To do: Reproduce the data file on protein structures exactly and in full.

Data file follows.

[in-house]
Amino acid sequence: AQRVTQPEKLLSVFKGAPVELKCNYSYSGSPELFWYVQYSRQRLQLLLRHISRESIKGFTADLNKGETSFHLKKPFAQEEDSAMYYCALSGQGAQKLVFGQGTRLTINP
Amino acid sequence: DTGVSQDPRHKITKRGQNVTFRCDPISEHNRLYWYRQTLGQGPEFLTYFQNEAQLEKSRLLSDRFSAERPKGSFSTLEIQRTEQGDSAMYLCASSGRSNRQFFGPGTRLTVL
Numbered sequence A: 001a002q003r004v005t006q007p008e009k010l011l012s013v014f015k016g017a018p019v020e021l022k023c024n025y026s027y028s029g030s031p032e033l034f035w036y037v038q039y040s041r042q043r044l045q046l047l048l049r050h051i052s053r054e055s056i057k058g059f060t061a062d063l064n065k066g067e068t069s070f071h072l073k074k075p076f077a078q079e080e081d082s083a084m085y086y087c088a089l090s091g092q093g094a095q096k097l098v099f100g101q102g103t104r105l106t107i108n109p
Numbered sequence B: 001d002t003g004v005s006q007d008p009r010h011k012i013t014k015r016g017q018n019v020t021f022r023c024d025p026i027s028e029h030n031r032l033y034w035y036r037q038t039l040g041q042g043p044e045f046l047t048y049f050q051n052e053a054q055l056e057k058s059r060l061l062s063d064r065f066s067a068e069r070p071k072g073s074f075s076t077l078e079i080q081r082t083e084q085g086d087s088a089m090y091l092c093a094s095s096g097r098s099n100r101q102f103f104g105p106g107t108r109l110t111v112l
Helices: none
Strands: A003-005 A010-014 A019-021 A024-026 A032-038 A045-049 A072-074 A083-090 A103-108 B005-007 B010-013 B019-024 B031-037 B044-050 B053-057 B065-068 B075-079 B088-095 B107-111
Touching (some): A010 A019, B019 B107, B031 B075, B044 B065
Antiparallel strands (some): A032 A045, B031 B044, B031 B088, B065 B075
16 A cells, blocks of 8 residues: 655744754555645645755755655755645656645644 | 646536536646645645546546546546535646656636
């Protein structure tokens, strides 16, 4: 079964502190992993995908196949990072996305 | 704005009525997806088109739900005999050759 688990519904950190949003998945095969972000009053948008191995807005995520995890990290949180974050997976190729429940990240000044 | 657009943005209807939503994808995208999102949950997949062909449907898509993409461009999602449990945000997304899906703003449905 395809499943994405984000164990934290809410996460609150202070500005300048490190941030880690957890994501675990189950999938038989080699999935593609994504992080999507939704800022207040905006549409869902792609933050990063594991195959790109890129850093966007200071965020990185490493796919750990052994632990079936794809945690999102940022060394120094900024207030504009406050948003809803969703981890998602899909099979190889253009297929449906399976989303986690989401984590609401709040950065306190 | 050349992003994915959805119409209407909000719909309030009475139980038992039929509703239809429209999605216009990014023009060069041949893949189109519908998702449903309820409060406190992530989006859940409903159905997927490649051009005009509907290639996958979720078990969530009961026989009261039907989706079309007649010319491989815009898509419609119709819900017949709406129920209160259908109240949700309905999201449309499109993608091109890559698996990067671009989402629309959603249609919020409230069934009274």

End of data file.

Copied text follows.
[in-house]
Amino acid sequence: AQRVTQPEKLLSVFKGAPVELKCNYSYSGSPELFWYVQYSRQRLQLLLRHISRESIKGFTADLNKGETSFHLKKPFAQEEDSAMYYCALSGQGAQKLVFGQGTRLTINP
Amino acid sequence: DTGVSQDPRHKITKRGQNVTFRCDPISEHNRLYWYRQTLGQGPEFLTYFQNEAQLEKSRLLSDRFSAERPKGSFSTLEIQRTEQGDSAMYLCASSGRSNRQFFGPGTRLTVL
Numbered sequence A: 001a002q003r004v005t006q007p008e009k010l011l012s013v014f015k016g017a018p019v020e021l022k023c024n025y026s027y028s029g030s031p032e033l034f035w036y037v038q039y040s041r042q043r044l045q046l047l048l049r050h051i052s053r054e055s056i057k058g059f060t061a062d063l064n065k066g067e068t069s070f071h072l073k074k075p076f077a078q079e080e081d082s083a084m085y086y087c088a089l090s091g092q093g094a095q096k097l098v099f100g101q102g103t104r105l106t107i108n109p
Numbered sequence B: 001d002t003g004v005s006q007d008p009r010h011k012i013t014k015r016g017q018n019v020t021f022r023c024d025p026i027s028e029h030n031r032l033y034w035y036r037q038t039l040g041q042g043p044e045f046l047t048y049f050q051n052e053a054q055l056e057k058s059r060l061l062s063d064r065f066s067a068e069r070p071k072g073s074f075s076t077l078e079i080q081r082t083e084q085g086d087s088a089m090y091l092c093a094s095s096g097r098s099n100r101q102f103f104g105p106g107t108r109l110t111v112l
Helices: none
Strands: A003-005 A010-014 A019-021 A024-026 A032-038 A045-049 A072-074 A083-090 A103-108 B005-007 B010-013 B019-024 B031-037 B044-050 B053-057 B065-068 B075-079 B088-095 B107-111
Touching (some): A010 A019, B019 B107, B031 B075, B044 B065
Antiparallel strands (some): A032 A045, B031 B044, B031 B088, B065 B075
16 A cells, blocks of 8 residues: 655744754555645645755755655755645656645644 | 646536536646645645546546546546535646656636
């Protein structure tokens, strides 16, 4: 079964502190992993995908196949990072996305 | 704005009525997806088109739900005999050759 688990519904950190949003998945095969972000009053948008191995807005995520995890990290949180974050997976190729429940990240000044 | 657009943005209807939503994808995208999102949950997949062909449907898509993409461009999602449990945000997304899906703003449905 395809499943994405984000164990934290809410996460609150202070500005300048490190941030880690957890994501675990189950999938038989080699999935593609994504992080999507939704800022207040905006549409869902792609933050990063594991195959790109890129850093966007200071965020990185490493796919750990052994632990079936794809945690999102940022060394120094900024207030504009406050948003809803969703981890998602899909099979190889253009297929449906399976989303986690989401984590609401709040950065306190 | 050349992003994915959805119409209407909000719909309030009475139980038992039929509703239809429209999605216009990014023009060069041949893949189109519908998702449903309820409060406190992530989006859940409903159905997927490649051009005009509907290639996958979720078990969530009961026989009261039907989706079309007649010319491989815009898509419609119709819900017949709406129920209160259908109240949700309905999201449309499109993608091109890559698996990067671009989402629309959603249609919020409230069934009274």